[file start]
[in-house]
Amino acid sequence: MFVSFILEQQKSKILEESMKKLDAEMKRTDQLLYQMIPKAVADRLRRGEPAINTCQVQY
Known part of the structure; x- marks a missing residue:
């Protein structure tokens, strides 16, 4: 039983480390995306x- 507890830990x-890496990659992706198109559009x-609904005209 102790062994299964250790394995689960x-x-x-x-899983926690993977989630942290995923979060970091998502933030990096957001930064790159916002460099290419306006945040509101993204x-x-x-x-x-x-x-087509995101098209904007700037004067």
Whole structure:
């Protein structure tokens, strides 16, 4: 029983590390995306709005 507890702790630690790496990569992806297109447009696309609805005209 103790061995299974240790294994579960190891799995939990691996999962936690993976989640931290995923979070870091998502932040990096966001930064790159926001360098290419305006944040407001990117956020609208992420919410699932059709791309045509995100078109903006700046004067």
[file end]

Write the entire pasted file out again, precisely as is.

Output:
[in-house]
Amino acid sequence: MFVSFILEQQKSKILEESMKKLDAEMKRTDQLLYQMIPKAVADRLRRGEPAINTCQVQY
Known part of the structure; x- marks a missing residue:
């Protein structure tokens, strides 16, 4: 039983480390995306x- 507890830990x-890496990659992706198109559009x-609904005209 102790062994299964250790394995689960x-x-x-x-899983926690993977989630942290995923979060970091998502933030990096957001930064790159916002460099290419306006945040509101993204x-x-x-x-x-x-x-087509995101098209904007700037004067």
Whole structure:
């Protein structure tokens, strides 16, 4: 029983590390995306709005 507890702790630690790496990569992806297109447009696309609805005209 103790061995299974240790294994579960190891799995939990691996999962936690993976989640931290995923979070870091998502932040990096966001930064790159926001360098290419305006944040407001990117956020609208992420919410699932059709791309045509995100078109903006700046004067």